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The Cutter (Sous-titres français) [Import]

Price: CDN$ 14.99
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The Cutter (Sous-titres français) [Import] + Good Guys Wear Black + Code of Silence (Widescreen/Full Screen)
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Product Details

  • Actors: Chuck Norris, Joanna Pacula, Daniel Bernhardt, Bernie Kopell, Todd Jensen
  • Directors: William Tannen
  • Writers: Bruce Haskett
  • Producers: Chuck Norris, Aaron Norris, Avi Lerner, Boaz Davidson, Branscombe Richmond
  • Format: AC-3, Color, Dolby, Dubbed, DVD-Video, Subtitled, Widescreen, NTSC, Import
  • Language: English
  • Subtitles: English, French
  • Dubbed: French
  • Region: Region 1 (US and Canada This DVD will probably NOT be viewable in other countries. Read more about DVD formats.)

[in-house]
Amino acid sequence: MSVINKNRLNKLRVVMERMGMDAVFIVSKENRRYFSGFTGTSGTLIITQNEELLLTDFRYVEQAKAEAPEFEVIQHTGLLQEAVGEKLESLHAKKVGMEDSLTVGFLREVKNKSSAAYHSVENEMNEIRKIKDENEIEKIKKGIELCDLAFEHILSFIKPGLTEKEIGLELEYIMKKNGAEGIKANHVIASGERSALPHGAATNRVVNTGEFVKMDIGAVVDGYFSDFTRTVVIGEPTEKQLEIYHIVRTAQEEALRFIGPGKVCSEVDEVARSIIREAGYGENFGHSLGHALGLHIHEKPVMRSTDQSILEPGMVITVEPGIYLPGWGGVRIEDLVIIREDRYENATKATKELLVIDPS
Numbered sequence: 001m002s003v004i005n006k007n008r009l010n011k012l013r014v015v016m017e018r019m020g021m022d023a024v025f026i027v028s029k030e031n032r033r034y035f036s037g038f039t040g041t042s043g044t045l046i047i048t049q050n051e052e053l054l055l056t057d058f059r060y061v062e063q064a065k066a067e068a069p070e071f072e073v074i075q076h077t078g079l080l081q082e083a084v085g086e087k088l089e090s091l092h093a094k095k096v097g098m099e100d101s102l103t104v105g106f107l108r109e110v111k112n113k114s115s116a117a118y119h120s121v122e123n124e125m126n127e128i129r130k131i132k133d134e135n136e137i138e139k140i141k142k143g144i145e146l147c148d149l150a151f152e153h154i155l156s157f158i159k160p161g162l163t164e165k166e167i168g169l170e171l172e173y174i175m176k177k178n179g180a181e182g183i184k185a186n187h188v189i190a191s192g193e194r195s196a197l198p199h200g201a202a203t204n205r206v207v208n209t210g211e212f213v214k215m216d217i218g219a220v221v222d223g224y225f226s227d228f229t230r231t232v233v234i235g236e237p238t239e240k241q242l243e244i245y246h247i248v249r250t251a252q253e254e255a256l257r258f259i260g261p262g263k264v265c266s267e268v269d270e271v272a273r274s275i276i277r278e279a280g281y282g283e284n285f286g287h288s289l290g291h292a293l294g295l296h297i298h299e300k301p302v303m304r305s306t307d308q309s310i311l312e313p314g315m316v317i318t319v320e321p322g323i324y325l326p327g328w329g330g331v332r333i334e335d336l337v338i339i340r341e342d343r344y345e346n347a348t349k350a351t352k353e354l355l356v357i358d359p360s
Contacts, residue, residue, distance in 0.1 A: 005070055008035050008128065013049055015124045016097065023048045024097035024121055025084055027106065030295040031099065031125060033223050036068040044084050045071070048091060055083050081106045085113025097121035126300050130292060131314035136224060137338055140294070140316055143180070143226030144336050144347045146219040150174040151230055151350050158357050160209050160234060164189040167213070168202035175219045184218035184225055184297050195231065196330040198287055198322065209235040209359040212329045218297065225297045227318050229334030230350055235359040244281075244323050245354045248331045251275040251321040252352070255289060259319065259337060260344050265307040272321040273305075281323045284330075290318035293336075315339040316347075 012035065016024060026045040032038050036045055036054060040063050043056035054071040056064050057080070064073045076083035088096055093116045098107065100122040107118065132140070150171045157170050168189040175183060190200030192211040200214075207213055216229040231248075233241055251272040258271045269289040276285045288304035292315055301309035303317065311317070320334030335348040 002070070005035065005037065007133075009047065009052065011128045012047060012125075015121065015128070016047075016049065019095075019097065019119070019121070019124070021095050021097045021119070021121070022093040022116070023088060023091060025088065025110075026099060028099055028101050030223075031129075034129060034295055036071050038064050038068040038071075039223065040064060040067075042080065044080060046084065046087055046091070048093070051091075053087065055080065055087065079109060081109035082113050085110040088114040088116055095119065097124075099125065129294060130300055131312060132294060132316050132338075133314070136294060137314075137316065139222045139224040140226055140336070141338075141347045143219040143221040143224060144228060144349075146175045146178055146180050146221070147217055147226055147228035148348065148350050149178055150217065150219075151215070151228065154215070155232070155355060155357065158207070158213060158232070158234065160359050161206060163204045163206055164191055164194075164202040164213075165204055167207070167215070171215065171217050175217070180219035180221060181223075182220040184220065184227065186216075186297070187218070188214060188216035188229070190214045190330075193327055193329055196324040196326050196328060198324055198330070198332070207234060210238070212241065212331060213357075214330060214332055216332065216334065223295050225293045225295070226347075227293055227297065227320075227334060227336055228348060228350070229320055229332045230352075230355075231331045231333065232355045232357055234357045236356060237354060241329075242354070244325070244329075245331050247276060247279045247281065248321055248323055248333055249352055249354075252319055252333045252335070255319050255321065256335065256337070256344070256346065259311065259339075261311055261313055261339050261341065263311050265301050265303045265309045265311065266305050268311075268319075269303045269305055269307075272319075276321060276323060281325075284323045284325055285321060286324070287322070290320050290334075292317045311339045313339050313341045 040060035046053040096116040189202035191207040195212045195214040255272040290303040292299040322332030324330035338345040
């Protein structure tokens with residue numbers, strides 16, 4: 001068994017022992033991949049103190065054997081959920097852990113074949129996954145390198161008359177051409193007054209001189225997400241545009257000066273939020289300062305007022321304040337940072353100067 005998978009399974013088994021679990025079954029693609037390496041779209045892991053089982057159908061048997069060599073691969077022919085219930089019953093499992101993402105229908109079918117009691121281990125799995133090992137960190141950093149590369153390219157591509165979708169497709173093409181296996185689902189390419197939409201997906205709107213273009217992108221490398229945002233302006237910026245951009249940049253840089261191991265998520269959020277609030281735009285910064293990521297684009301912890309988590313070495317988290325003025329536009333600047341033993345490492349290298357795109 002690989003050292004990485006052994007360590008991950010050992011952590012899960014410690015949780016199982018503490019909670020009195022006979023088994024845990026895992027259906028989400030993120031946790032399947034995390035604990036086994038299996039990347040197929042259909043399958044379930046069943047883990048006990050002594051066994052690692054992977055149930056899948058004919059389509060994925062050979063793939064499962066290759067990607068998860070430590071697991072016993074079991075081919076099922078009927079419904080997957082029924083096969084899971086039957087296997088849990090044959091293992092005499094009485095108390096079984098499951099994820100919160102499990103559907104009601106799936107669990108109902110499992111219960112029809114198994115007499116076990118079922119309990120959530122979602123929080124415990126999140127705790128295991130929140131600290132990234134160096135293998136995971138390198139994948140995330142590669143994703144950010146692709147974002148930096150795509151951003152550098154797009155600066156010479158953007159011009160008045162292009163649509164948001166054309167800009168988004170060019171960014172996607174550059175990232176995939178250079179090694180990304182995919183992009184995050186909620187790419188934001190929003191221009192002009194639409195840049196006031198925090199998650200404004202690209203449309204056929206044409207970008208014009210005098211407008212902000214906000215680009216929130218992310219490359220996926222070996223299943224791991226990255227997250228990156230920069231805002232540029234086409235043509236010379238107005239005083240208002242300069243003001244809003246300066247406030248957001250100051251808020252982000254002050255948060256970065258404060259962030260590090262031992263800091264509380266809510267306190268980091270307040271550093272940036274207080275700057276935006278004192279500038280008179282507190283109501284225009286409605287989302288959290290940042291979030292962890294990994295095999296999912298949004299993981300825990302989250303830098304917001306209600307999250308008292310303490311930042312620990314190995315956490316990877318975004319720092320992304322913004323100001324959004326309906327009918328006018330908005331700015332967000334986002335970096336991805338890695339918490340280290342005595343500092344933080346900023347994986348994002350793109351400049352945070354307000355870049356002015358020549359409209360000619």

• Aspect Ratio: 1.85:1
  • Number of discs: 1
  • Canadian Home Video Rating : Ages 14 and over
  • Studio: Columbia/Tristar Video
  • Release Date: March 14 2006
  • Run Time: 92 minutes
  • Average Customer Review: 5.0 out of 5 stars  See all reviews (1 customer review)
  • ASIN: B000E33VY0

Product Description

The Stones of Light and Perfection - two 500-carat diamonds dating from Moses' time - have been stolen by Nazi war criminal, Colonel Speerman. Speerman orders a freelance assassin to kidnap Isaac Teller, an Auschwitz survivor who's a master cutter of precious jewels. When Teller's niece, Elizabeth, realizes her uncle has gone missing, she hires tough-as-nails P.I. John Shepherd (Chuck Norris) to investigate. Following a bloody trail of murdered jewelers and Interpol agents, Shepherd races the clock to find Teller, for once he finishes re-cutting the diamonds, Speerman will most certainly finish him as well.

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Most helpful customer reviews

By YVON GARCEAU on Oct. 20 2014
Format: DVD Verified Purchase
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Most Helpful Customer Reviews on Amazon.com (beta)

Amazon.com: 28 reviews
18 of 18 people found the following review helpful
Entertaining Aug. 22 2006
By NoWireHangers - Published on Amazon.com
Format: DVD
Chuck Norris is back in a real movie. He's a private investigator specialized in locating missing people and when a Jewish diamond cutter is kidnapped, his daughter comes to Chuck for help.